Fish Population Dynamics and Modeling

The Population Dynamics and Modeling group conducts analyses in support of the Pacific Fishery Management Council's The previous link is a link to Non-Federal government web site. Click to review NOAA Fisheries disclaimer Fishery Management Plans for Coastal Pelagics Species and Highly Migratory Species.  The group also conducts analyses in support of U.S. participation in the International Scientific Committee for Tuna and Tuna-Like Species in the North Pacific Ocean (ISC), the Inter-American Tropical Tuna Commission (IATTC), and the Western and Central Pacific Fisheries Commission (WCPFC).  These analyses include stock assessments, sensitivity studies, and development of population models. 

Population Dynamics Program
The primary goal of the Population Dynamics program is to analyze dynamics of exploited fish populations, determine stock status, and provide management advice regarding coastal pelagic species (CPS) of the California Current Ecosystem and highly migratory species (HMS) of the North Pacific Ocean. Stock assessment is at the core of NOAA’s science-based management and is the primary function of the Population Dynamics program. Our assessment scientists work toward reconstruction of abundance of exploited fish populations through time. Statistical models informed with biological (e.g., growth, reproduction, natural mortality), fishery removal (e.g., catch and biological composition), and relative abundance (e.g., fishery catch-per unit of effort and/or fishery-independent survey estimates) data are used to determine stock status relative to management objectives.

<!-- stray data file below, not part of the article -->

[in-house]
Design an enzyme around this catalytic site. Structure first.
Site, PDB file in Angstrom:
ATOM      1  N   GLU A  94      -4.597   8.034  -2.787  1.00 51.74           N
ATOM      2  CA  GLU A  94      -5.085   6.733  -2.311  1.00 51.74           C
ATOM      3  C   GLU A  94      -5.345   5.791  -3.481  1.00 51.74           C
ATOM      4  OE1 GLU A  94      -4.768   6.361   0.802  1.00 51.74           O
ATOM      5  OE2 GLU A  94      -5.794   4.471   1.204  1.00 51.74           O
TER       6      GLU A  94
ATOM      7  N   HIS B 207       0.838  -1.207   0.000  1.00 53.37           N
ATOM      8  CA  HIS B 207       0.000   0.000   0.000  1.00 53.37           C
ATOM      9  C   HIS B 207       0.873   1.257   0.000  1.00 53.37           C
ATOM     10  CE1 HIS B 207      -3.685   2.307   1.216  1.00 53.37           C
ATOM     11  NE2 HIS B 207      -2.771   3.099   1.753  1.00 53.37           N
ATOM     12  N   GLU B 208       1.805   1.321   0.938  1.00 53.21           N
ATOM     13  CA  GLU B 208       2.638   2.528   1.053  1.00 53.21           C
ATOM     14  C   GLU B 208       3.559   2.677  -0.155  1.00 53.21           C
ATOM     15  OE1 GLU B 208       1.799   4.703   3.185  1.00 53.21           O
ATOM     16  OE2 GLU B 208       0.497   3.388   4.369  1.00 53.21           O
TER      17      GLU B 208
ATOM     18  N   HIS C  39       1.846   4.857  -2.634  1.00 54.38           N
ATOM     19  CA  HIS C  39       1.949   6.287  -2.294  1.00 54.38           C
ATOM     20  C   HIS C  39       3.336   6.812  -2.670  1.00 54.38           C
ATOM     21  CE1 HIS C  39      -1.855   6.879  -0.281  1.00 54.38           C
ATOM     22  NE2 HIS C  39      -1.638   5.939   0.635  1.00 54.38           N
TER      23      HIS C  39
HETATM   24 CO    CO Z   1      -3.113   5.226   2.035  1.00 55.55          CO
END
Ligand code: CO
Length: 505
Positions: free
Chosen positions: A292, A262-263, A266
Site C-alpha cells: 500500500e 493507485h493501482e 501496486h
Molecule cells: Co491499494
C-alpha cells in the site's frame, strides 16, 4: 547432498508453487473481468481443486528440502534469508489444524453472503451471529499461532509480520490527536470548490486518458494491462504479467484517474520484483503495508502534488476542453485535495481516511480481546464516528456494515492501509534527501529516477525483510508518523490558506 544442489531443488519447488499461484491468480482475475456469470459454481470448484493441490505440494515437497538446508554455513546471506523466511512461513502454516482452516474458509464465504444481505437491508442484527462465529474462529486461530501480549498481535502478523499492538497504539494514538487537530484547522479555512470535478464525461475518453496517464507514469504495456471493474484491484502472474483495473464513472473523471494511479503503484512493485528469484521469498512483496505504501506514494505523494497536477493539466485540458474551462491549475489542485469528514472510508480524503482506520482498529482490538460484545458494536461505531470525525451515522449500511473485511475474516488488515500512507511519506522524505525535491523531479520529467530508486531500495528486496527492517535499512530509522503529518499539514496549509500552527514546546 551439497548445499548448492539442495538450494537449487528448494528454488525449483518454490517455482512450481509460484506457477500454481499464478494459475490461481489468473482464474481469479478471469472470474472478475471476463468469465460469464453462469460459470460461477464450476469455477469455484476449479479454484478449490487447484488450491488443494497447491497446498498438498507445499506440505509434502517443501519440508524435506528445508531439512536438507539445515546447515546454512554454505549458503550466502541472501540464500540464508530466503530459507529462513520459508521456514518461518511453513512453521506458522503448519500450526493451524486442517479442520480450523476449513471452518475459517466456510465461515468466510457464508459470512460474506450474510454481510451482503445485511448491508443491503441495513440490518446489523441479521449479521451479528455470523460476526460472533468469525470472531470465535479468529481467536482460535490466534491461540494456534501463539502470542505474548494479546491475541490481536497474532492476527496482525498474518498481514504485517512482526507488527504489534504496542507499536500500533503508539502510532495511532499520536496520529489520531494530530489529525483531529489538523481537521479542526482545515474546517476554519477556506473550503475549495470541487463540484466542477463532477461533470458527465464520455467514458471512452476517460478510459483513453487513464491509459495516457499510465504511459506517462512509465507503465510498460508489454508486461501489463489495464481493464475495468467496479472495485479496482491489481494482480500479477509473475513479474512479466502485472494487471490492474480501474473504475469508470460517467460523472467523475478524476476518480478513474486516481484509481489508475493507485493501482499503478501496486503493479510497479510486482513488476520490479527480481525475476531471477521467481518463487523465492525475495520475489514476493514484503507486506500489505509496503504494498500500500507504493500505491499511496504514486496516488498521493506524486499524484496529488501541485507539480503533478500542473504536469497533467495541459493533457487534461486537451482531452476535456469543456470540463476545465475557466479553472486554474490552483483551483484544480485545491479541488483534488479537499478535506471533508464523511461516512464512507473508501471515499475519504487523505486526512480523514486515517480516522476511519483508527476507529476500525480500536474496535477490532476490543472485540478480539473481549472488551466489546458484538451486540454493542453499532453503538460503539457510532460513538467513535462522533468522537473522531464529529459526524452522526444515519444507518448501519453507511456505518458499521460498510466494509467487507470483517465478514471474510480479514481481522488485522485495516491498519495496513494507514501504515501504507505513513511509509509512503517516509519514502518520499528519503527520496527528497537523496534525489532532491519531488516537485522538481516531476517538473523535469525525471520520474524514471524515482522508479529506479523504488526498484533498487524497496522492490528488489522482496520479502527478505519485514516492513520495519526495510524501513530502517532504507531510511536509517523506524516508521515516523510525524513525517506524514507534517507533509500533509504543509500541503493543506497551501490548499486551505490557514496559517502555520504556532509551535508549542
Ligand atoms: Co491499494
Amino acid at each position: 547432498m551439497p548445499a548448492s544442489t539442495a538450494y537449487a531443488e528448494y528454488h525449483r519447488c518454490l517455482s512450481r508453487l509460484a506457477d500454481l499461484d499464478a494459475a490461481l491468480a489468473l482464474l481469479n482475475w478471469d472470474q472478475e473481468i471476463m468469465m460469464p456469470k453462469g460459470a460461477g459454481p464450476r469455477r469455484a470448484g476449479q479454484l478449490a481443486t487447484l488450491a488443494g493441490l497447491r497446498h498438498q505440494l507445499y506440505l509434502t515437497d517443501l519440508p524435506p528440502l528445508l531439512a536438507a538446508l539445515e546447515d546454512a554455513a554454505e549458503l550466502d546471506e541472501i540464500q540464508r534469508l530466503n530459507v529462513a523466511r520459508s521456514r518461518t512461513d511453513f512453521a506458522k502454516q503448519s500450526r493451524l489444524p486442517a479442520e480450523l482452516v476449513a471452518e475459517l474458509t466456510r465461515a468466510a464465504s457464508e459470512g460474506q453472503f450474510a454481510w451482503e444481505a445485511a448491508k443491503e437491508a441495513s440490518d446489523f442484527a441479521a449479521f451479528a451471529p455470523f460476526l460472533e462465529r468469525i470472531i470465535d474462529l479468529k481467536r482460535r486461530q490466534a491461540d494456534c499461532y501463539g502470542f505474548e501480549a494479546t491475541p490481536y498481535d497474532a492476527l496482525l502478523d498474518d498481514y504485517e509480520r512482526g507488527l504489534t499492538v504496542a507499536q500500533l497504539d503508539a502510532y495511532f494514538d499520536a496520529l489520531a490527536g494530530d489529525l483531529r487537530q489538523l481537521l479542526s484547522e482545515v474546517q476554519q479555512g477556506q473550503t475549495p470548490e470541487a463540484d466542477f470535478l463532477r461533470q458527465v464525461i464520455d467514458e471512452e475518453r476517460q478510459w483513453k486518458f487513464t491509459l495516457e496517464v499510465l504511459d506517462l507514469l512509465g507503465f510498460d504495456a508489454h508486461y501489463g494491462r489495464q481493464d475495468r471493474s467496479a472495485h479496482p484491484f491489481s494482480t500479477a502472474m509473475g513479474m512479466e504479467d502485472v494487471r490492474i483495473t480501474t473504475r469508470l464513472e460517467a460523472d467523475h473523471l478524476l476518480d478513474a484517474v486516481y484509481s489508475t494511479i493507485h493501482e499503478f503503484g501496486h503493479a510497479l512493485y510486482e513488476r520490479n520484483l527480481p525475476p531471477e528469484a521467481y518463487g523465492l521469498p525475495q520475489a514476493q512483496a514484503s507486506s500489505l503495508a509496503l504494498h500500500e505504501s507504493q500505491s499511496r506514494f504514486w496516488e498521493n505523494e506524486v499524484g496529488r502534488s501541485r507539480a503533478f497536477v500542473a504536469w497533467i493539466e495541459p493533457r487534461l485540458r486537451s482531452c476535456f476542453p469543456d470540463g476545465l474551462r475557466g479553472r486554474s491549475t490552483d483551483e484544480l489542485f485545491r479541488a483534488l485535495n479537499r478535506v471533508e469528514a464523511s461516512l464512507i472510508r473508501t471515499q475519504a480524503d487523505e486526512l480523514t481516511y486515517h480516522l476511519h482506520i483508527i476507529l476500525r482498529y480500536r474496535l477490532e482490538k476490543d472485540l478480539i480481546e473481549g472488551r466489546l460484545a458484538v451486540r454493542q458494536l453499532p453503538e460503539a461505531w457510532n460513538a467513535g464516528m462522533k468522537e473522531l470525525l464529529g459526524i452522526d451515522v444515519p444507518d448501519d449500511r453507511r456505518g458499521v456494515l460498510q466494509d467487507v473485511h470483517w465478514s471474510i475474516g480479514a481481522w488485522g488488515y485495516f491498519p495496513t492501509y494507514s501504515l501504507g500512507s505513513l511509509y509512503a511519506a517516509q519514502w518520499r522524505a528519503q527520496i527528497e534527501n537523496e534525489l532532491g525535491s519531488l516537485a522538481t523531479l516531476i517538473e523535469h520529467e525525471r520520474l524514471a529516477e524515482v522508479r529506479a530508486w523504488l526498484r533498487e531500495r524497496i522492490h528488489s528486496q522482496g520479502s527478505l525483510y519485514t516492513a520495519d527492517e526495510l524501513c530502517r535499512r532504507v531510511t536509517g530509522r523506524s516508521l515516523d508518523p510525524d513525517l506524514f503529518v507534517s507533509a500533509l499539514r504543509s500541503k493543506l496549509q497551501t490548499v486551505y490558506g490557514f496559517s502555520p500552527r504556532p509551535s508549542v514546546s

Population Dynamics and Modeling Staff

Assessment of the Pacific Sardine Resource in 2014 for U.S.A. Management in 2014-15

Primary Activities

Stock assessment
Stock assessment is at the core of NOAA’s science-based management and is the primary function of the Population Dynamics program. Our assessment scientists work toward reconstruction of abundance of exploited fish populations through time. Statistical models informed with biological (e.g., growth, reproduction, natural mortality), fishery removal (e.g., catch and biological composition), and relative abundance (e.g., fishery catch-per unit of effort and/or fishery-independent survey estimates) data are used to determine stock status relative to management objectives. 

The SWFSC is responsible for assessing both highly migratory and coastal pelagic species that inhabit the northeast Pacific Ocean. Many of these stocks are trans-boundary (i.e., also targeted by other Pacific nations, including Canada, Mexico, Japan, Chinese-Taipei, etc.), requiring ongoing data exchange and collaborative assessment development. Our assessment scientists work within the structures of various domestic and international Regional Fishery Management Organizations (RFMOs) and Regional Fishery Science Organizations (RFSOs). For example, our assessment results and management advice on CPS are provided to the Pacific Fishery Management Council (PFMC), while our scientists work with scientists from other nations within the International Scientific Committee on Tuna and Tuna-like Species in the North Pacific Ocean (ISC) to conduct collaborative assessments on tuna and shark stocks spanning the North Pacific.  In addition, our scientists also perform advisory and reviewer roles to the stock assessments of international RFMOs like the Inter-American Tropical Tuna Commission (IATTC). Stocks are assessed at different intervals, depending on need (e.g., annually for Pacific sardine, tri-annually for North Pacific albacore tuna, and less regularly for species with limited landings, such as Pacific mackerel). New assessments for other species are at various stages of development, including northern anchovy, jack mackerel, and shortfin mako sharks.